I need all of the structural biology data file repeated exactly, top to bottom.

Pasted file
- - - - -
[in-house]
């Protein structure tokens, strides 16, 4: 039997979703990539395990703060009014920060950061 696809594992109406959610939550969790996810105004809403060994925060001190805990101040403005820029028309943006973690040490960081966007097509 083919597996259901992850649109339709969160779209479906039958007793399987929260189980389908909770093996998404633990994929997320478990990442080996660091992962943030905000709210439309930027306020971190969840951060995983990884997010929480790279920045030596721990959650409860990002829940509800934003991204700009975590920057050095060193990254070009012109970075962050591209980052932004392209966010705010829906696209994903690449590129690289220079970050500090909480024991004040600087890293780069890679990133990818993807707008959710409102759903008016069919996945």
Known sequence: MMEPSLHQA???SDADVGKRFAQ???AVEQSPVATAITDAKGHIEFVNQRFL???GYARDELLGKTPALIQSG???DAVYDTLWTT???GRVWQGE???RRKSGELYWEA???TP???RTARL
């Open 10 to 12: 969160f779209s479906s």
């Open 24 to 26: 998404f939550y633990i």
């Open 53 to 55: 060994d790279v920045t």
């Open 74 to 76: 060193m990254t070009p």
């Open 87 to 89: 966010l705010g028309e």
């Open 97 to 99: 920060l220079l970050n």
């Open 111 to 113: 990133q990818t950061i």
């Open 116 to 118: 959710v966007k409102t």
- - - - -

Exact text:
[in-house]
């Protein structure tokens, strides 16, 4: 039997979703990539395990703060009014920060950061 696809594992109406959610939550969790996810105004809403060994925060001190805990101040403005820029028309943006973690040490960081966007097509 083919597996259901992850649109339709969160779209479906039958007793399987929260189980389908909770093996998404633990994929997320478990990442080996660091992962943030905000709210439309930027306020971190969840951060995983990884997010929480790279920045030596721990959650409860990002829940509800934003991204700009975590920057050095060193990254070009012109970075962050591209980052932004392209966010705010829906696209994903690449590129690289220079970050500090909480024991004040600087890293780069890679990133990818993807707008959710409102759903008016069919996945």
Known sequence: MMEPSLHQA???SDADVGKRFAQ???AVEQSPVATAITDAKGHIEFVNQRFL???GYARDELLGKTPALIQSG???DAVYDTLWTT???GRVWQGE???RRKSGELYWEA???TP???RTARL
């Open 10 to 12: 969160f779209s479906s």
């Open 24 to 26: 998404f939550y633990i």
């Open 53 to 55: 060994d790279v920045t």
């Open 74 to 76: 060193m990254t070009p």
């Open 87 to 89: 966010l705010g028309e």
């Open 97 to 99: 920060l220079l970050n």
């Open 111 to 113: 990133q990818t950061i």
């Open 116 to 118: 959710v966007k409102t």